Even though their squad narrowly missed making it to the World Cup final, Moroccans celebrated their team’s historic journey on Wednesday even though it came to an end with a 2-0 loss to the reigning champions France.
“They played a great game but luck wasn’t on our side,” said supporter Oussama Abdouh in Casablanca.
“Still, we stood up to the title-holders, that was great.
“Beyond the World Cup, this team made us dream until the end, and just for that, I raise my hat to them.”
But the 2-0 loss against France was too much for Hakim Salama.
“We missed the opportunity of the century,” he said.
The Lions of the Atlas, the first Arab or African team to ever reach the World Cup final, were in danger of losing on Wednesday night as rain battered the Moroccan capital Rabat and the excitement of their historic triumphs was far from the air.
The drums and automobile horns weren’t as loud this time.
“The national team has been performing miracles since the start of the World Cup,” Rachid Sabbiq, a street trader in the working-class Derb Sultan district of Casablanca, said before the match.
“It doesn’t matter whether they win or lose — they’ve won the respect and admiration of all Moroccans, and that’s priceless,” he said.
Sabbiq had switched from selling Moroccan flags to his usual fare of sweets.
Despite the defeat, the team’s leader King Mohammed VI sent “warm congratulations” for “honoring the Moroccan people,” according to the national news agency of the nation, MAP.
Following the game, the king called French President Emmanuel Macron to congratulate him, according to the news agency.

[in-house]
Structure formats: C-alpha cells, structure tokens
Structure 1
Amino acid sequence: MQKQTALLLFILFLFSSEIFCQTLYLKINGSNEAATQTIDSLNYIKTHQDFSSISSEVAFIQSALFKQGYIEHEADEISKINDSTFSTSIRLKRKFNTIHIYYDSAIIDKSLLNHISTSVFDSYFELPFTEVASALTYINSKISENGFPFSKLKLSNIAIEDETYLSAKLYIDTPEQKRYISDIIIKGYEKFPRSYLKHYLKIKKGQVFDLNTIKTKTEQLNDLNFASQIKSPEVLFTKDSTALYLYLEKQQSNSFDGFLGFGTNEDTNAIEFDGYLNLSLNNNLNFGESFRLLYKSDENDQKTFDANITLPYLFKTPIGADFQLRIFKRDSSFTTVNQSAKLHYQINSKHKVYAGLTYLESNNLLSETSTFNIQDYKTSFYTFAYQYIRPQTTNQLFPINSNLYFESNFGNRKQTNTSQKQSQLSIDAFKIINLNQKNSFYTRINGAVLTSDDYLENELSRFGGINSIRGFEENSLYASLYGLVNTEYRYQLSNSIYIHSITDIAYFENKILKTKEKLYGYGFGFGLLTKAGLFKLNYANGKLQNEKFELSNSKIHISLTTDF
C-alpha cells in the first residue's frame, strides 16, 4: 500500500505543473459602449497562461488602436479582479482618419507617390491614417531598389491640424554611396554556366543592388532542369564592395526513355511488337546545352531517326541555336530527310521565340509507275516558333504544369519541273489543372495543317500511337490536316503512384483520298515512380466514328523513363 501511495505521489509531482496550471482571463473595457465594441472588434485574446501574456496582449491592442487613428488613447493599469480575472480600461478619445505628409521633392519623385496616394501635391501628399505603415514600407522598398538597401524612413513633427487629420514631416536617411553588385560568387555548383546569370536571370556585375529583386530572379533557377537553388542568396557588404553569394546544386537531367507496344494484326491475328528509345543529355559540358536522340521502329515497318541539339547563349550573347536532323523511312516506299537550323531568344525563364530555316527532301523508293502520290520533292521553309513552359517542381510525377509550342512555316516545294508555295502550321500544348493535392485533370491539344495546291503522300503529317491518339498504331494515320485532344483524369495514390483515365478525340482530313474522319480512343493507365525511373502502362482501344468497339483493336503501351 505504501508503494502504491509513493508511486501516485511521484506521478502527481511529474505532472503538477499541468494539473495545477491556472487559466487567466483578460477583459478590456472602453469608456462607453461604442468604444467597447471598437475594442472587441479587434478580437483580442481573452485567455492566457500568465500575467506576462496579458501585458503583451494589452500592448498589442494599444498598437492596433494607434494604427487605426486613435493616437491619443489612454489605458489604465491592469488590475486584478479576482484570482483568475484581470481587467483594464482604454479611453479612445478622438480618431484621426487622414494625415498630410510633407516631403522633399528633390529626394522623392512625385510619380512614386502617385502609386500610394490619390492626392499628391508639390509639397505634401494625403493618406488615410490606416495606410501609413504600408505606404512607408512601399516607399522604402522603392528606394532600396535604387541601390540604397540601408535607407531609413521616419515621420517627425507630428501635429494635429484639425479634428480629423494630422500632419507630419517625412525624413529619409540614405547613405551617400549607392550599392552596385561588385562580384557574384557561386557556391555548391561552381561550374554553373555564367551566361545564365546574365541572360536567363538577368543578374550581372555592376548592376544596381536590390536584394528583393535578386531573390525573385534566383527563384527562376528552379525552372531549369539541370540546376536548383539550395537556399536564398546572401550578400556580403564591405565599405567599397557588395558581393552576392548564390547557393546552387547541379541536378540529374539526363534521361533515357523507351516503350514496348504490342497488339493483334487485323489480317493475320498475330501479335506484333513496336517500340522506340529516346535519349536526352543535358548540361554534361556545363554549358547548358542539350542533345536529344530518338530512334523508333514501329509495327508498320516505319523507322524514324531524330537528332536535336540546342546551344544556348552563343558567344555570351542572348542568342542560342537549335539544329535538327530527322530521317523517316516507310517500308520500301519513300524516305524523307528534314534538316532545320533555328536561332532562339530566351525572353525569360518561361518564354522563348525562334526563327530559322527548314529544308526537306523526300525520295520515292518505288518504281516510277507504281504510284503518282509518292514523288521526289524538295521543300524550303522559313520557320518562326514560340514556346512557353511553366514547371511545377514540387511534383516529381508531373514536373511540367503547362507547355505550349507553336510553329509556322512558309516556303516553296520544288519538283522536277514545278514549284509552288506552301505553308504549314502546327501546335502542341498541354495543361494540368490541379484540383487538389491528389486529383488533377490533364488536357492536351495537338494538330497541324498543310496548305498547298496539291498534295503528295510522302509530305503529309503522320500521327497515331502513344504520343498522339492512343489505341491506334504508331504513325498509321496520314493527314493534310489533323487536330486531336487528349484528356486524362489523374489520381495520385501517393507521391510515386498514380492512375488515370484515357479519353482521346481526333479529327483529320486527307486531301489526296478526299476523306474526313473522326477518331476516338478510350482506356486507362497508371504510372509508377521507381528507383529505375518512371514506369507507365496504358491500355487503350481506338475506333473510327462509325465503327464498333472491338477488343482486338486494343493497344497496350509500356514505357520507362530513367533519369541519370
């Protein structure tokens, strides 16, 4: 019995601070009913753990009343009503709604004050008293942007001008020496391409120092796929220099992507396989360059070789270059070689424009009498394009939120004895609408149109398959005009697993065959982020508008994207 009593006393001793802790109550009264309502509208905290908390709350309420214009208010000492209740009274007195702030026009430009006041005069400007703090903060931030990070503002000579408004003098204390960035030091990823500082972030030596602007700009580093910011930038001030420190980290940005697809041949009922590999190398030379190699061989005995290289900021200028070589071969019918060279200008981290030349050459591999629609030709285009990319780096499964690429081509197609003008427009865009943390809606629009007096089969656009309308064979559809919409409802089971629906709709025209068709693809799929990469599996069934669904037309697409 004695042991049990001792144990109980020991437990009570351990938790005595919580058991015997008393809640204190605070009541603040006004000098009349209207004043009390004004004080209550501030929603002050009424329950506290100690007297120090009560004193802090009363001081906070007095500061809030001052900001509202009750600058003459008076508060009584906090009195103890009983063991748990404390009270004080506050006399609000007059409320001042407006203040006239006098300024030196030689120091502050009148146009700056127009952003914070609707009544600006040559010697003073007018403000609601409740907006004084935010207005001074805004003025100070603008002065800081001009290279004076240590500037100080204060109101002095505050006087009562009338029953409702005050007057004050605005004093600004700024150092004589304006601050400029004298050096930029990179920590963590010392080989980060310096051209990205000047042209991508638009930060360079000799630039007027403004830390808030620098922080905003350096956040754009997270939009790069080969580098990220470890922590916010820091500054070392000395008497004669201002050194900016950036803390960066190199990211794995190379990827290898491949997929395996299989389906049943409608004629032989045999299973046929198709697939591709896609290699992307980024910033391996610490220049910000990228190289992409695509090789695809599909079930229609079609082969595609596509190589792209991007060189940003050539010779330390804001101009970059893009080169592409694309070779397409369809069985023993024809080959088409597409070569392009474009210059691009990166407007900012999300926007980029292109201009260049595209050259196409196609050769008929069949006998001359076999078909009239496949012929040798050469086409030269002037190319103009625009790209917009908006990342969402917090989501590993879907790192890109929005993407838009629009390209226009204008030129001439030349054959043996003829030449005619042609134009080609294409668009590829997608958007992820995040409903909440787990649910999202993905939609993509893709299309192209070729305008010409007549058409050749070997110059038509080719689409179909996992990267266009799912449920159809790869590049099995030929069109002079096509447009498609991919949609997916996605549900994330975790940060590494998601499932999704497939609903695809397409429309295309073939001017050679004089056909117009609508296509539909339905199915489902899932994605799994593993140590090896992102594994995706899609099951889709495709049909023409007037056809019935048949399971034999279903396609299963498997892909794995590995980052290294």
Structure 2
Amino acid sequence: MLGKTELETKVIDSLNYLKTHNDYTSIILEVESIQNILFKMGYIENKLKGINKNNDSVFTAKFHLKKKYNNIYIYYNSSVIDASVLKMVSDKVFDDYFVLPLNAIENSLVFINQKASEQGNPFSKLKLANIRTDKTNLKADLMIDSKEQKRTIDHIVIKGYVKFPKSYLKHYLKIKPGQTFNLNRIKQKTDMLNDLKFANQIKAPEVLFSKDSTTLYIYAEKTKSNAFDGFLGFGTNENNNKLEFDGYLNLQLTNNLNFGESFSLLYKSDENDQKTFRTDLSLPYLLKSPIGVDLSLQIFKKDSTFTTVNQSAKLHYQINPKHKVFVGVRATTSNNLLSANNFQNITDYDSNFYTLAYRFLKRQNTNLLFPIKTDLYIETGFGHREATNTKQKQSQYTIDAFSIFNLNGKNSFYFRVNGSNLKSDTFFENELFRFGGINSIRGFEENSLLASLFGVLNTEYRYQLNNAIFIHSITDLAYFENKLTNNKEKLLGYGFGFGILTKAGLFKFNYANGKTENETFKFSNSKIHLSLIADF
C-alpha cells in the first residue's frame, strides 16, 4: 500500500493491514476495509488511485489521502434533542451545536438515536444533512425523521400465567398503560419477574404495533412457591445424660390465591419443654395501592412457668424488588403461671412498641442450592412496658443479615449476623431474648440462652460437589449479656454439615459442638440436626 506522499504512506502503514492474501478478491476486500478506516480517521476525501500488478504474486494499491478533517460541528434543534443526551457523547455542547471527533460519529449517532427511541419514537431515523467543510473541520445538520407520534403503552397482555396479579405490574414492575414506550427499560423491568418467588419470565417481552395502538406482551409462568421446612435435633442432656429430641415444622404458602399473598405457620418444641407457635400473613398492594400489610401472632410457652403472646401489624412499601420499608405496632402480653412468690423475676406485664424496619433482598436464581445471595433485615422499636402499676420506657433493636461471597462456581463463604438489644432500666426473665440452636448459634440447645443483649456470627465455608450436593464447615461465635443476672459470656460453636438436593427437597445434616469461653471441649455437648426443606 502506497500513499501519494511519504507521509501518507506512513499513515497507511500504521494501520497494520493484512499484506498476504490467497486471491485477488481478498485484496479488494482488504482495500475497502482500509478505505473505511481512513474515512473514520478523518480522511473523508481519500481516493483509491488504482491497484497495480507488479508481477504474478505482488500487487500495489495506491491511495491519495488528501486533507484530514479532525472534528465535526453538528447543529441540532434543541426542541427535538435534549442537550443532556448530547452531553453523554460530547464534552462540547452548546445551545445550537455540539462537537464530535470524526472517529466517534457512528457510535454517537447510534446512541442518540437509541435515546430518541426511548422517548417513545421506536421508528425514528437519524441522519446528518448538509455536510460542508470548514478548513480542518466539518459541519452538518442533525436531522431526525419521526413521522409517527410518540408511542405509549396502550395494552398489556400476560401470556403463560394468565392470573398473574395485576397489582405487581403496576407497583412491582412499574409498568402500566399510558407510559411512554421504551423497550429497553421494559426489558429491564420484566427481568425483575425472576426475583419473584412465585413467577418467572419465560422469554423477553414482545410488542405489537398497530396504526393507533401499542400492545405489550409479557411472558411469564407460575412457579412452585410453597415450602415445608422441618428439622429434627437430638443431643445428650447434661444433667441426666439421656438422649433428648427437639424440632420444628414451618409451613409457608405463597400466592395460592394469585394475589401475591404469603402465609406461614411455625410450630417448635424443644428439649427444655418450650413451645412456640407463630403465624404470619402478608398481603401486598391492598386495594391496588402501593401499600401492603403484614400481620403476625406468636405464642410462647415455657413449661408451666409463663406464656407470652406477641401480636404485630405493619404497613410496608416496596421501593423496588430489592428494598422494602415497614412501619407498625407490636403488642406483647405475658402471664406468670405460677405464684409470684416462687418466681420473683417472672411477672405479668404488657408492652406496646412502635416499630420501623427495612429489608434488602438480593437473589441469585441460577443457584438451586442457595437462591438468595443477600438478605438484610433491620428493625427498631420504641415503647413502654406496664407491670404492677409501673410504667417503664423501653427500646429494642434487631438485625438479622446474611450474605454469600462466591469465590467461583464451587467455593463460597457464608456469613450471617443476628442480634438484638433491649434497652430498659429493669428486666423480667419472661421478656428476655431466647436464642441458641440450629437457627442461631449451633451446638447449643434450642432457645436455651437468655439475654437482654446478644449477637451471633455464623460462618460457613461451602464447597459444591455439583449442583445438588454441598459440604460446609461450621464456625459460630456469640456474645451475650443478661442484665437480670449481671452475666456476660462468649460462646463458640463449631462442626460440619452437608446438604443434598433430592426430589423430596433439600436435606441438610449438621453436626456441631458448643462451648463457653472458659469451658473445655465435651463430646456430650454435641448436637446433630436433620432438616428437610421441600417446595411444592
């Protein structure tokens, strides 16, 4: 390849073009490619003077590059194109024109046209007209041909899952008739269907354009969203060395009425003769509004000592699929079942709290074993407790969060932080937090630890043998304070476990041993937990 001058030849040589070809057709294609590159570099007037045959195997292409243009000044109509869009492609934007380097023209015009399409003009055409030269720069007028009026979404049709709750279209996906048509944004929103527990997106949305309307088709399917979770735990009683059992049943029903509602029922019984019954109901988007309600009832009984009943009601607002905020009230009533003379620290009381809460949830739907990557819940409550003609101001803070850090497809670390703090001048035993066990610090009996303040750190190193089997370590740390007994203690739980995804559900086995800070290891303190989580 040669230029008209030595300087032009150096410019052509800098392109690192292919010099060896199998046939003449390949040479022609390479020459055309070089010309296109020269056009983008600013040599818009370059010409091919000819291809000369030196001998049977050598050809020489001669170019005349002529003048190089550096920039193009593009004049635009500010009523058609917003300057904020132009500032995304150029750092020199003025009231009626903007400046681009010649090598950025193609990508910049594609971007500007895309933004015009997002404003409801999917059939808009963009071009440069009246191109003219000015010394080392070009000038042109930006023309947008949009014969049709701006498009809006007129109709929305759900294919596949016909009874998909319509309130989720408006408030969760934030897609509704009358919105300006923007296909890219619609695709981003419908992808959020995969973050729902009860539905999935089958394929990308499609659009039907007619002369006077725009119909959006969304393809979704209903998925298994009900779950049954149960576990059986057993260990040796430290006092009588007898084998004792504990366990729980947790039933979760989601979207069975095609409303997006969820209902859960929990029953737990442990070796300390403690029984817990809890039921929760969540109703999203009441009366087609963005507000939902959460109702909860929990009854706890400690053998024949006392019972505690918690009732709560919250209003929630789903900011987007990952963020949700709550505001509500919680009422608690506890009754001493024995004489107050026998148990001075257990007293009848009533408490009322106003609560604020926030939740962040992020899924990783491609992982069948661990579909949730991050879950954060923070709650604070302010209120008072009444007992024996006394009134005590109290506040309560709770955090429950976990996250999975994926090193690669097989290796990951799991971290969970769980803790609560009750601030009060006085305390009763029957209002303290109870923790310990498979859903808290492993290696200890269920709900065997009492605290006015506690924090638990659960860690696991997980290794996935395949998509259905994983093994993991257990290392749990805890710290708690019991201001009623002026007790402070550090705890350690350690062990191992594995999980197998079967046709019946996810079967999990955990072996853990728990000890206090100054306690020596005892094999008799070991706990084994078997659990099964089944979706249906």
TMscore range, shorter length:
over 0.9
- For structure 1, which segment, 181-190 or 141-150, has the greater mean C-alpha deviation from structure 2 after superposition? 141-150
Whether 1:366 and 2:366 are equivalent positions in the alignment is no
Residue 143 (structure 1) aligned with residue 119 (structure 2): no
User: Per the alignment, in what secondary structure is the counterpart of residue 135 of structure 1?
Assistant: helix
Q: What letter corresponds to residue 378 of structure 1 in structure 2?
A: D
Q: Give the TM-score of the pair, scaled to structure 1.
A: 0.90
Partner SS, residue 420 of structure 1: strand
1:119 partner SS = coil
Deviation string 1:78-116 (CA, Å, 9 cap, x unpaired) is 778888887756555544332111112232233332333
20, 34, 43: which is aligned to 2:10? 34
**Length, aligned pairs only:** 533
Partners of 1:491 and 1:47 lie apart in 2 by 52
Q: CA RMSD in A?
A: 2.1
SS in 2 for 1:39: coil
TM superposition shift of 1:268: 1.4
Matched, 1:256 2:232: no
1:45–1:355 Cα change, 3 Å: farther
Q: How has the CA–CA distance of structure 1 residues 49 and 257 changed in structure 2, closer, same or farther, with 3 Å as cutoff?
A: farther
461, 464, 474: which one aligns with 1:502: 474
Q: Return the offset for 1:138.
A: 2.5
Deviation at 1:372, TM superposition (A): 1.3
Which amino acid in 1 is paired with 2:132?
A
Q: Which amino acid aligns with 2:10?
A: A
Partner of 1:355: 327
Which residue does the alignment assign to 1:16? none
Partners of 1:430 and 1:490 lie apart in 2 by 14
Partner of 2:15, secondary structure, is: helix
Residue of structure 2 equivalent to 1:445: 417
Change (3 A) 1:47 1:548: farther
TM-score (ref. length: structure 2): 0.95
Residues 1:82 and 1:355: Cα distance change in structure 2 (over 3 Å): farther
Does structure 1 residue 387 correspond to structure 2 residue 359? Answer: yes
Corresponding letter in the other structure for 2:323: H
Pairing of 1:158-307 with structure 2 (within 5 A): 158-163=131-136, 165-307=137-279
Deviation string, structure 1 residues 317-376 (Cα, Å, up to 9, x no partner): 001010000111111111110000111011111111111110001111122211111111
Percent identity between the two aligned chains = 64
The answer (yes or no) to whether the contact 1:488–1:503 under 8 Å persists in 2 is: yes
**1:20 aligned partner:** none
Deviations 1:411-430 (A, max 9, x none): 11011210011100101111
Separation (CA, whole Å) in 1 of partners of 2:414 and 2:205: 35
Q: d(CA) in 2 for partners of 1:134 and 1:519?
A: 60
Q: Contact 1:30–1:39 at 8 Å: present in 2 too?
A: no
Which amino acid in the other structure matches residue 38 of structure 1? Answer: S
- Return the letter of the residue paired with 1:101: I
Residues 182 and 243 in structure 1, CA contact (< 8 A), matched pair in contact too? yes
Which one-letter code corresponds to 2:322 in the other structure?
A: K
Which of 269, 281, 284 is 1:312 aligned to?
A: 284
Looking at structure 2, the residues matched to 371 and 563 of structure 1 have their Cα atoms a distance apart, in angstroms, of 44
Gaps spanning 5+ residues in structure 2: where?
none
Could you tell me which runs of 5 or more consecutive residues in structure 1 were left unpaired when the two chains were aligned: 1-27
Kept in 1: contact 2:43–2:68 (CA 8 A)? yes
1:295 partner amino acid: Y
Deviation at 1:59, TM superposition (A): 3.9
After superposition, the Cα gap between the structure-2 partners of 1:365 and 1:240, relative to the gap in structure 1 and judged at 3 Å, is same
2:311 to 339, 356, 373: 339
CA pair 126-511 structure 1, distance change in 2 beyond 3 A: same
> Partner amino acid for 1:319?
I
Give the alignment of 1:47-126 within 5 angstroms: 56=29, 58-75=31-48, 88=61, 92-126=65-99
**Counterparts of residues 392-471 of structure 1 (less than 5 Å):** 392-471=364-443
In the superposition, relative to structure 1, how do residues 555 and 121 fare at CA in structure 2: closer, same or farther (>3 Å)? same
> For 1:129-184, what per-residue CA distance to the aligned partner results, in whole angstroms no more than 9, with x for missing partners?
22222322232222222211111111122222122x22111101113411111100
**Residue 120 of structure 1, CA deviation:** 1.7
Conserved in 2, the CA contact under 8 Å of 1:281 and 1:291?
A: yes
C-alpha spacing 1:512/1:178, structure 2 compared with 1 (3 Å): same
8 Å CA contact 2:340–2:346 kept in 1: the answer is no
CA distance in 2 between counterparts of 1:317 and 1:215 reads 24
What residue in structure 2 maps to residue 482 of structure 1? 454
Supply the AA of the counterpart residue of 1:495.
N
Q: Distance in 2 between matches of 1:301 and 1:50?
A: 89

‘THEY MAKE US DREAM’
Derb Sultan, one of Casablanca’s oldest neighborhoods, served as a stronghold of defiance against colonial authority while the North African monarchy was a French protectorate from 1912 until 1956.
It also gave origin to Raja de Casablanca, one of Morocco’s best clubs, and is the hometown of renowned striker Mohamed Jarir (commonly known as “Houmane”), who became the first Moroccan to ever score in a World Cup in 1970.
“In this neighbourhood, we love football, so of course the national team’s victories make us dream,” said teenager Mohamed Nadifi, a teenager whose idol is winger Sofiane Boufal.
Shops have started selling team jerseys and flags all around Morocco.
“Not only have the Lions made us happy but they also allowed us to get business going again” despite rough economic times for many Moroccans, said trader Khalid Alaoui.
To buy jerseys for her four nephews, Touria Matrougui braved the bitter cold and pouring rain.
“They held the Moroccan flag high, and for that, we can never thank them enough,” she said.
Due to its success, the group has gained support from all around the continent.
“Morocco has made an entire continent proud,” said Sidibey Zoumana, from the Ivory Coast, who has lived in the country since 2018.
“I’ve been watching their progress as if it was my own country.”
Because of the team’s performance, Morocco’s reputation has changed in places like Gaza and Senegal.
“They proved that an African team can go places, and really compete,” said Said Mouhssine, 48, after the match.
Others felt that the game had a political undertone because it took place in the midst of a diplomatic dispute between Paris and Rabat about the sensitive Western Sahara issue.
Some fans had double disappointment when the nation’s airline, Royal Air Maroc, was forced to revoke additional flights for supporters to Qatar just hours after they were announced.
The promised tickets for other supporters who had already arrived in the Gulf state were not available.
Some claim that employees of the Moroccan Football Federation distributed the sought-after passes to friends and family.
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